Château de Castelnau-Bretenoux, Switzerland and France Travelogue No.12, September 2017

September Switzerland, France, 2017
September Switzerland, France, 2017

Date of visit: September 21 and 22, 2017

Now that I’ve finished my series of visits to France’s most beautiful villages since 2010, I’m back to my “September 2017 Switzerland and France Travelogue” series.On the 21st, I was just doing villages in the Corrèze Lot department. We finished visiting the 6 places we had planned (and one additional place the next day), and we still had time to visit this castle at the end.


The castle is located about 25 km from Rocamadour, very close to the village of Corrèze Lot, which we have introduced 7 times. This castle was built by Baron Castelnaud in the 13th century. However, the castle was destroyed by fire in 1851 and was abandoned for a while, but it was rebuilt by a tenor singer named Jean Mouliérat who was active in the Paris Opera House from the end of the 19th century to the beginning of the 20th century. It was rebuilt by Jean Mouliérat, a tenor who worked at the Paris Opera in the late 19th and early 20th centuries.

It is a very magnificent castle that you can see from anywhere when you drive around here. But when I visited in 2010, I didn’t notice this castle at all. We could see it from the beautiful village of Le Bressac, and we had seen it many times on the way from Karennac to Le Bressac. I guess that’s how little time I had to drive back then.

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No way. Strike.

When we arrived at this castle, it was around 16:30, but we were informed in advance (by Google Maps) that it would be OK if we entered by 17:00, so we thought it would be OK. However, the gate of the parking lot was left open and it was over. It is a castle in the countryside and the time is near 17:00, so it is common that there are few visitors, but something is wrong. At any rate, parking was free, so I parked the car there and headed toward the castle. Then, there was a sign like this at the gate of the entrance of the castle.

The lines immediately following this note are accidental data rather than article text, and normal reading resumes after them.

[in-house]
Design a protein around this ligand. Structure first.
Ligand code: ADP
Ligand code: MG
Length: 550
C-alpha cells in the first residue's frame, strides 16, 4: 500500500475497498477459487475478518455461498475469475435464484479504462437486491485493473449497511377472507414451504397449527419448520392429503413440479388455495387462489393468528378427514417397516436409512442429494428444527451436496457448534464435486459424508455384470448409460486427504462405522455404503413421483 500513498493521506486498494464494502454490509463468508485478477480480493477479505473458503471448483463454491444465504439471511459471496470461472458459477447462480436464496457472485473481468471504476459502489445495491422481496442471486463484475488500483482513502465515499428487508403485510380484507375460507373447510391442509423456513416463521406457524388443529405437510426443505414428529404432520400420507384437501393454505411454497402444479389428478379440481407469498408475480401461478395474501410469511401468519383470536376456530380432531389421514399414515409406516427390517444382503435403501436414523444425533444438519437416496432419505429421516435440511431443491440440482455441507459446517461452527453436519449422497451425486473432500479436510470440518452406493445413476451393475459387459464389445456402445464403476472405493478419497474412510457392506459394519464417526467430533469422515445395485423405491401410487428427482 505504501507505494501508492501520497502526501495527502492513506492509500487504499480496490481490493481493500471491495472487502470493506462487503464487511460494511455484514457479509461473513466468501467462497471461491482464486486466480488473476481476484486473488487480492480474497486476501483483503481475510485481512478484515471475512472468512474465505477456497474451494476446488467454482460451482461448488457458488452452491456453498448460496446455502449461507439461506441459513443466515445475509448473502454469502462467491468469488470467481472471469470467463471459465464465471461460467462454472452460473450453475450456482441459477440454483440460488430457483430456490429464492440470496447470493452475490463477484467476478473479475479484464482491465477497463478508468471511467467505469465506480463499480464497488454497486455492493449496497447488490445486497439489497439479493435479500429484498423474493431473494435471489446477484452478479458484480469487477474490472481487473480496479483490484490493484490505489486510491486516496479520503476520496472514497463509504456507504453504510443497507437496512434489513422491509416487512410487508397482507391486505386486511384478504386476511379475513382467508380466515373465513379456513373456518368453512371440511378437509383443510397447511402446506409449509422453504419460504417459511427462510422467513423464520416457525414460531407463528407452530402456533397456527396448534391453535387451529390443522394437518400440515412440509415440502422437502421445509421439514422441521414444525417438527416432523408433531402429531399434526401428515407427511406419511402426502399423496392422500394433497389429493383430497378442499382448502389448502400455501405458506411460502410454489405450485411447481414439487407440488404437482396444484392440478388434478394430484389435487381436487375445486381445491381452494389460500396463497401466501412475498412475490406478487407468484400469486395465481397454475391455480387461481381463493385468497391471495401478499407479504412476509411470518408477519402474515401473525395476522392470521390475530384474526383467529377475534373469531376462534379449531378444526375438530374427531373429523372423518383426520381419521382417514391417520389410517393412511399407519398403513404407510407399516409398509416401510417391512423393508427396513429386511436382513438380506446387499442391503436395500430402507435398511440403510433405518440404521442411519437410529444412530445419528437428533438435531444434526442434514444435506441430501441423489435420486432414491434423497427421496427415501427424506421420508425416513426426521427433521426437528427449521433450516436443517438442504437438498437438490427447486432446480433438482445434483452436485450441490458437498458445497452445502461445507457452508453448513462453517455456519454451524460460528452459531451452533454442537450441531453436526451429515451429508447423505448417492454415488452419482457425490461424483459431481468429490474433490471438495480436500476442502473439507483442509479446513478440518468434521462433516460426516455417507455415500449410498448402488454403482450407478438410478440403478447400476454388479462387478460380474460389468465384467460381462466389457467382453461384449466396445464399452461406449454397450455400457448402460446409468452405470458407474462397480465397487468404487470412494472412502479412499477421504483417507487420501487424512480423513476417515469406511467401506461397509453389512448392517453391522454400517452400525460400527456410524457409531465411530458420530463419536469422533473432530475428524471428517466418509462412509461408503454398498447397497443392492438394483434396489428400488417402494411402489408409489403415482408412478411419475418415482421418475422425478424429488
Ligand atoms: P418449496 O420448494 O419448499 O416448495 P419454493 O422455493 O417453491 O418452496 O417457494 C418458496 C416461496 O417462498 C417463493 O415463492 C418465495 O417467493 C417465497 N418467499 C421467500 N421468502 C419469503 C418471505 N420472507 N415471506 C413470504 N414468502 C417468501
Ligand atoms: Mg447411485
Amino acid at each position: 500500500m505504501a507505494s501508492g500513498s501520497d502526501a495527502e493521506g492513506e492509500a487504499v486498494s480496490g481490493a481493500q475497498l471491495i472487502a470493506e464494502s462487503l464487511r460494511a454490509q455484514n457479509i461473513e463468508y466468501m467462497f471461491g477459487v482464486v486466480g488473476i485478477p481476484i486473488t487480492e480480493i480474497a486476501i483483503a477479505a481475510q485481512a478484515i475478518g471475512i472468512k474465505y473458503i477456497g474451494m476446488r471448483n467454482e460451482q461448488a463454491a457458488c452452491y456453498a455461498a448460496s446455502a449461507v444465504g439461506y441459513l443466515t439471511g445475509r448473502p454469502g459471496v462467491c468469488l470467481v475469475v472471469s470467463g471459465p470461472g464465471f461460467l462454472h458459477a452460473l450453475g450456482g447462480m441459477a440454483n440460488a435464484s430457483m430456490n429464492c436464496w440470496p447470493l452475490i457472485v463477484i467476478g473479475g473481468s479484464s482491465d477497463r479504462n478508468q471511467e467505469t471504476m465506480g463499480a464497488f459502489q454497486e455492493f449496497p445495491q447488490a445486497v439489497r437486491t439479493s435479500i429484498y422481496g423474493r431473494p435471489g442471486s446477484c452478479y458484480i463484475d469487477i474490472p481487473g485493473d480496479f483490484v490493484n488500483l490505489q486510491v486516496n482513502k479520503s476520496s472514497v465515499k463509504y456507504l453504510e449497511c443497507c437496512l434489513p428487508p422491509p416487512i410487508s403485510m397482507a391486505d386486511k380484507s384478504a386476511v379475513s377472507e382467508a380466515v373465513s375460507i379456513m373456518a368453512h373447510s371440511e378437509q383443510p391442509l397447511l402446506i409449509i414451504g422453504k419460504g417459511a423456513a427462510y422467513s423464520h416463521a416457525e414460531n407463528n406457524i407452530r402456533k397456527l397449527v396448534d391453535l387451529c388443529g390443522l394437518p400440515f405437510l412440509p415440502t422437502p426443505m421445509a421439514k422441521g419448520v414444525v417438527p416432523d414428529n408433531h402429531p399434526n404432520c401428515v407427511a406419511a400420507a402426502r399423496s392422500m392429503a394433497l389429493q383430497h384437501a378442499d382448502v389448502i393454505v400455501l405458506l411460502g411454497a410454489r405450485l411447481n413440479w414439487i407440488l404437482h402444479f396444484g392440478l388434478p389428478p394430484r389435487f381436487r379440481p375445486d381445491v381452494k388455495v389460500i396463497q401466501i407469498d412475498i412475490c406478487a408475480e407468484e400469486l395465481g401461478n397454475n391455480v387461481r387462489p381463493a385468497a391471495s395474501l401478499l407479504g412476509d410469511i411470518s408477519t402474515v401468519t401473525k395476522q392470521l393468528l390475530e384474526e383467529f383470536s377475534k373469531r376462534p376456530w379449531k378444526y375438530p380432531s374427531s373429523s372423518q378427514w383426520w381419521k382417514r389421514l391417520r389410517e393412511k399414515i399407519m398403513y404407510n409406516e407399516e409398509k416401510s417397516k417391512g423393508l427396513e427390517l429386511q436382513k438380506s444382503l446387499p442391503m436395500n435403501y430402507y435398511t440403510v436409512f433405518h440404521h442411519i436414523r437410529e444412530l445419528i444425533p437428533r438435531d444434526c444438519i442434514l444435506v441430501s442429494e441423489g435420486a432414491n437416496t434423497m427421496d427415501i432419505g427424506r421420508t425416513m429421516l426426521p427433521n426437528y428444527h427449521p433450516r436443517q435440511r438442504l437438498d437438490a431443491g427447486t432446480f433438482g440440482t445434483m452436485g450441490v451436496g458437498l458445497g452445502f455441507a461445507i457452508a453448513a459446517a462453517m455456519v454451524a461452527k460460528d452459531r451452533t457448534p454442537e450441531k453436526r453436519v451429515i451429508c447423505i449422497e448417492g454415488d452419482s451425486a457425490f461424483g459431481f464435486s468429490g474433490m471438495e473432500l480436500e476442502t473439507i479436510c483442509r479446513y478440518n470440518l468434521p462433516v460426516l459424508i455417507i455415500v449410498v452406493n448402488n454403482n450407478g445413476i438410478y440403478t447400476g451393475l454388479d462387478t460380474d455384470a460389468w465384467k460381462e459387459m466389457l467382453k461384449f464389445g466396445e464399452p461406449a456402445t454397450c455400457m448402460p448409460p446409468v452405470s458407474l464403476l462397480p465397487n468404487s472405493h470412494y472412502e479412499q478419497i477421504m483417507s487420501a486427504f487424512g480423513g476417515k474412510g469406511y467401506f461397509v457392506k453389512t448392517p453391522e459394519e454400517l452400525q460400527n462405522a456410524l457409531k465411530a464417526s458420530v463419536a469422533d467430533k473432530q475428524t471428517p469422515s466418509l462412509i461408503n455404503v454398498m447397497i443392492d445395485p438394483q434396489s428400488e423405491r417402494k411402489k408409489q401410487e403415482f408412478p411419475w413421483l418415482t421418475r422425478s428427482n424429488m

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Are you familiar with it when you travel to France? In French, “Grève” means strike of employees. It might be the first time to have a strike in a tourist spot. I’ve experienced it on trains, airplanes, and at the Opera House in Paris, but this was the first time for me to see a strike at a tourist attraction such as a castle.

At any rate, I couldn’t do anything about it, so I went to the inn I had taken nearby. This day was a little bit luxurious, because I had arranged a Michelin-starred auberge. I will report later in this series.

I’ll head out first thing the next morning.

The next day, we went to the castle first. After all, the parking lot is paid. I remember that I had to pay 3 euros when I entered. Sorry, it was a year and a half ago, so I don’t remember the details. We climbed up the hill to the castle and went to the entrance. It was still a little early for the opening, so we waited at the entrance for about 10 minutes. And at 10 o’clock, the gate opened, and I bought a ticket here. I did not understand it well, but I felt like I was told to spend some time until it starts because there is a guided tour. I’m not sure, but anyway, we went into the castle.